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Abstract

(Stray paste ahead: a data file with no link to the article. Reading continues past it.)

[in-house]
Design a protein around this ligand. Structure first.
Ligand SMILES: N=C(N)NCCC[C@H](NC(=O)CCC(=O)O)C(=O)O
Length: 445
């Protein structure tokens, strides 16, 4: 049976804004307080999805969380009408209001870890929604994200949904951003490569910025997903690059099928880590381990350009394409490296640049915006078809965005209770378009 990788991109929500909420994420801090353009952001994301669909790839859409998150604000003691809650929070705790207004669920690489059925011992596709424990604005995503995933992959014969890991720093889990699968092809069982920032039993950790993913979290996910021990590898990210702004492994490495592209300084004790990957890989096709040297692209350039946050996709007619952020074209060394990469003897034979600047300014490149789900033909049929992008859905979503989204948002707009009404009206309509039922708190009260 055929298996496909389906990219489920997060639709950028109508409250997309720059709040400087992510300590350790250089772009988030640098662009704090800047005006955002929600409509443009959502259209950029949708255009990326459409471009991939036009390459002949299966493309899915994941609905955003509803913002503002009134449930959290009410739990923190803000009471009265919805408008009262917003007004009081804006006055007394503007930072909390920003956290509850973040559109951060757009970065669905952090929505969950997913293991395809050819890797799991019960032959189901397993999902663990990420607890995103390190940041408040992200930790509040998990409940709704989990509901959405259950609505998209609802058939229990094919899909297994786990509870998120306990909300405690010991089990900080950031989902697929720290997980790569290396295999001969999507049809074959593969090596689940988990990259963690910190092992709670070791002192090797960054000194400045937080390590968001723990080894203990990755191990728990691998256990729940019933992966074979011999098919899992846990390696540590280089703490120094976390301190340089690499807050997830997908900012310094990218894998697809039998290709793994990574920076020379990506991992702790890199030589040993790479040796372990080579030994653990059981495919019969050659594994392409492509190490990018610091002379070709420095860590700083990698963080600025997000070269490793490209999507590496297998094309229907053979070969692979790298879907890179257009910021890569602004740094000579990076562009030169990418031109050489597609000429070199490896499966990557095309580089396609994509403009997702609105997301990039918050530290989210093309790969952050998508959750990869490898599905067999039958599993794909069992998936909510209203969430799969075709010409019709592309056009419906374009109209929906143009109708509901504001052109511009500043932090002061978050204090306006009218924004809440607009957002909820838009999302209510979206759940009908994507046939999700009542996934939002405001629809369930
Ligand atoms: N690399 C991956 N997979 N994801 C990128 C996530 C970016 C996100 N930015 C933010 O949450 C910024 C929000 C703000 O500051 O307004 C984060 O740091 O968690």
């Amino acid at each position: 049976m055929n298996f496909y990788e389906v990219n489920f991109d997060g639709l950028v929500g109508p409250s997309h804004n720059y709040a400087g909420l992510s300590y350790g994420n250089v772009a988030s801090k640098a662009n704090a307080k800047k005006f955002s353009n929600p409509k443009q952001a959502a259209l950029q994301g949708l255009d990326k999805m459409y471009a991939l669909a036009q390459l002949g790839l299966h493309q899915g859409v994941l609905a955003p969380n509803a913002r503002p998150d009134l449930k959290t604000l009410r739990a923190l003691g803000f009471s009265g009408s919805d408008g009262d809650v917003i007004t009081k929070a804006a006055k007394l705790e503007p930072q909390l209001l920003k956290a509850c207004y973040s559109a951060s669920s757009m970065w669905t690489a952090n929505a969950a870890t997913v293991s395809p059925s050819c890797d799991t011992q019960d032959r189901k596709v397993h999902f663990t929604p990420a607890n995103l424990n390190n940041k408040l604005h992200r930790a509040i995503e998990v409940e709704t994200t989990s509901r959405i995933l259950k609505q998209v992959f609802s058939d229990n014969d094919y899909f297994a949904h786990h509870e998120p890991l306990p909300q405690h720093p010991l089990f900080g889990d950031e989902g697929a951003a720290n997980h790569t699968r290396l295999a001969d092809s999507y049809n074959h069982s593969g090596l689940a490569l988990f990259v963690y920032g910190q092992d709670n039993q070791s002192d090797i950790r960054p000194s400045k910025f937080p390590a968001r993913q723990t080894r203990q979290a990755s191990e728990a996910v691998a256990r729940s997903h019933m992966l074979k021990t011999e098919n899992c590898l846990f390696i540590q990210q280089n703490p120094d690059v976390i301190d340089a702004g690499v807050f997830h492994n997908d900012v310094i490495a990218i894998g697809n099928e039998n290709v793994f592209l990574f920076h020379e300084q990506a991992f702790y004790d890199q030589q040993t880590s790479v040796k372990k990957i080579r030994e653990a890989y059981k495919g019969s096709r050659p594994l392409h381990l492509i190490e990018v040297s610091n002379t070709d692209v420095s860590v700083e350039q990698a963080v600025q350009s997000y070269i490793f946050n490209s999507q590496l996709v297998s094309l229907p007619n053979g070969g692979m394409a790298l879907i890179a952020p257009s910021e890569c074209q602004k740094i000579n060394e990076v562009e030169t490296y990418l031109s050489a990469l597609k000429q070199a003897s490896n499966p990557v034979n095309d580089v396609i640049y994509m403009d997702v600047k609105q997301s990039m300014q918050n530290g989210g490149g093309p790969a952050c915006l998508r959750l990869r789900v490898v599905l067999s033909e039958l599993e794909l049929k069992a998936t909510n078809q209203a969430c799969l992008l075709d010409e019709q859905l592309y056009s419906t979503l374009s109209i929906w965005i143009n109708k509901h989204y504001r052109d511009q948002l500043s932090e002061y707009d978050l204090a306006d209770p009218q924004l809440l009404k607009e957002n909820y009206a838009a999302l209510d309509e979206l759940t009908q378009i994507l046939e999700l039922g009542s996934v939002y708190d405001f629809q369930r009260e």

Children's memory and susceptibility to misinformation about a real-life and video event were examined. Eighty-six three- to four-year-olds and five- to six-year-olds observed an event either in real life or on video. Immediately afterward, they freely recalled the event and answered misleading questions about central and descriptive information. Three- to four-year-olds in the video condition were less likely to accurately recall descriptive information than three- to four-year-olds in the live condition and five- to six-year-olds in either condition. Children in the video condition were less accurate in response to misleading questions than those in the live condition. When video condition three- to four-year-olds in Experiment 2 were asked nonmisleading questions that prompted them for descriptive information, they recalled descriptors less accurately than those in the live condition. These results have particularly important implications for studies that utilize video events when investigating children's eyewitness memory. Copyright © 2004 John Wiley & Sons, Ltd.